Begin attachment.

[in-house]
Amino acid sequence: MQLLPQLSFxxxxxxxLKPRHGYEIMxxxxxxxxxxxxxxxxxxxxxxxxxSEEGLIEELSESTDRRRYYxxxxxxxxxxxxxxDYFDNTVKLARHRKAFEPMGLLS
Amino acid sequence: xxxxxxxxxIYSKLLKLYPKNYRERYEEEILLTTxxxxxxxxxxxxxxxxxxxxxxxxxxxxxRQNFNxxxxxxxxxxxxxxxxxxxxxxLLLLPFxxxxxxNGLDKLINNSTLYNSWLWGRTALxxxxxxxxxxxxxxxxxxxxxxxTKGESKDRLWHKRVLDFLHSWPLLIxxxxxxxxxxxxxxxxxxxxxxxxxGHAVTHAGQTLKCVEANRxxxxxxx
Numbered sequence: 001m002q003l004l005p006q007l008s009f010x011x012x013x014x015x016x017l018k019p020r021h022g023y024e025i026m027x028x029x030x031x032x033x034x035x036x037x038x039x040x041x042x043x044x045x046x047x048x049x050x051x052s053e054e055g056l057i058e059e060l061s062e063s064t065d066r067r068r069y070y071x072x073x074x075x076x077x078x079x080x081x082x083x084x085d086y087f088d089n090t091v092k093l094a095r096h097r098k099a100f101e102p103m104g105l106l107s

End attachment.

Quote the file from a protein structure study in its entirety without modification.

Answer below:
[in-house]
Amino acid sequence: MQLLPQLSFxxxxxxxLKPRHGYEIMxxxxxxxxxxxxxxxxxxxxxxxxxSEEGLIEELSESTDRRRYYxxxxxxxxxxxxxxDYFDNTVKLARHRKAFEPMGLLS
Amino acid sequence: xxxxxxxxxIYSKLLKLYPKNYRERYEEEILLTTxxxxxxxxxxxxxxxxxxxxxxxxxxxxxRQNFNxxxxxxxxxxxxxxxxxxxxxxLLLLPFxxxxxxNGLDKLINNSTLYNSWLWGRTALxxxxxxxxxxxxxxxxxxxxxxxTKGESKDRLWHKRVLDFLHSWPLLIxxxxxxxxxxxxxxxxxxxxxxxxxGHAVTHAGQTLKCVEANRxxxxxxx
Numbered sequence: 001m002q003l004l005p006q007l008s009f010x011x012x013x014x015x016x017l018k019p020r021h022g023y024e025i026m027x028x029x030x031x032x033x034x035x036x037x038x039x040x041x042x043x044x045x046x047x048x049x050x051x052s053e054e055g056l057i058e059e060l061s062e063s064t065d066r067r068r069y070y071x072x073x074x075x076x077x078x079x080x081x082x083x084x085d086y087f088d089n090t091v092k093l094a095r096h097r098k099a100f101e102p103m104g105l106l107s